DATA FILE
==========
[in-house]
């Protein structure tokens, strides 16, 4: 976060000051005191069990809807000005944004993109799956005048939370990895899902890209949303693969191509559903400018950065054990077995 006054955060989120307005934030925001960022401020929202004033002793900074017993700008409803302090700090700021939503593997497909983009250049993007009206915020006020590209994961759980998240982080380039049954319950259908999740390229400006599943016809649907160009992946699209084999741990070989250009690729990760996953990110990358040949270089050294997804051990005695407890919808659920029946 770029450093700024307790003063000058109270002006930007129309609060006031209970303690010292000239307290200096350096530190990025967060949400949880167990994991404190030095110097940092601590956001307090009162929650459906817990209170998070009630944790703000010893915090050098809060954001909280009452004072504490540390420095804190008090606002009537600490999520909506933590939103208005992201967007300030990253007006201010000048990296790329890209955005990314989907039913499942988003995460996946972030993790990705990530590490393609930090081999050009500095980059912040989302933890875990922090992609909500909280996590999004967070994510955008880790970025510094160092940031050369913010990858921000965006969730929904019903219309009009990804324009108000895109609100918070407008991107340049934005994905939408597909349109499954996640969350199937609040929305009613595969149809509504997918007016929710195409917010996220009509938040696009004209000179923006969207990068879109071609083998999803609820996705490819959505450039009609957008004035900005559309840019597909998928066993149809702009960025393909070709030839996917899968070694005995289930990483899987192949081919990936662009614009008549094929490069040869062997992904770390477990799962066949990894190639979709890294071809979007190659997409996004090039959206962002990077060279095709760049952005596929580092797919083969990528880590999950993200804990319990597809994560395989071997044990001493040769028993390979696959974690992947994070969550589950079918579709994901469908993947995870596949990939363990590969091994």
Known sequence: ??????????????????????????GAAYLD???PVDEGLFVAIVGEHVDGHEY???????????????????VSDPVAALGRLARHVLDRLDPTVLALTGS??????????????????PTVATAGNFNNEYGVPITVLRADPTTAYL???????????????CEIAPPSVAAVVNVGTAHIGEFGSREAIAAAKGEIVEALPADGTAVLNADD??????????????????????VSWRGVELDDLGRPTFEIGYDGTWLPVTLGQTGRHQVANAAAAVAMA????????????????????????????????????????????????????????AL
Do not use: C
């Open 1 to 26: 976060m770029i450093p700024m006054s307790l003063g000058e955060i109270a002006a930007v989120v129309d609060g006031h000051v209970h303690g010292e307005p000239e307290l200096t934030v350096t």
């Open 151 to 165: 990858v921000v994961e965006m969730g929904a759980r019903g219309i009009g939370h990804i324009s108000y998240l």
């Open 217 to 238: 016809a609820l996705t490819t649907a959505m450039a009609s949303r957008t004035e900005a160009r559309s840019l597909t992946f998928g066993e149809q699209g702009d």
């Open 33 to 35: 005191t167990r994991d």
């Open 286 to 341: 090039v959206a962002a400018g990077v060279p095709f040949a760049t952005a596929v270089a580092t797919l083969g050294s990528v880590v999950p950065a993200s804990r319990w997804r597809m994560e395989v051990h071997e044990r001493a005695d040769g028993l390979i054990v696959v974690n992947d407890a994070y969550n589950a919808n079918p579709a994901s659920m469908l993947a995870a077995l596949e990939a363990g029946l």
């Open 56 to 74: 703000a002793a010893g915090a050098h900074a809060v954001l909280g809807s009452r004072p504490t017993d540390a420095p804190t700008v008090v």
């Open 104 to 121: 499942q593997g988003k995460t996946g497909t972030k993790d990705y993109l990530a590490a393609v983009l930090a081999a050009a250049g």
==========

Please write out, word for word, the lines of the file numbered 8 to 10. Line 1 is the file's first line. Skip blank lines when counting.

């Open 33 to 35: 005191t167990r994991d």
């Open 286 to 341: 090039v959206a962002a400018g990077v060279p095709f040949a760049t952005a596929v270089a580092t797919l083969g050294s990528v880590v999950p950065a993200s804990r319990w997804r597809m994560e395989v051990h071997e044990r001493a005695d040769g028993l390979i054990v696959v974690n992947d407890a994070y969550n589950a919808n079918p579709a994901s659920m469908l993947a995870a077995l596949e990939a363990g029946l």
């Open 56 to 74: 703000a002793a010893g915090a050098h900074a809060v954001l909280g809807s009452r004072p504490t017993d540390a420095p804190t700008v008090v």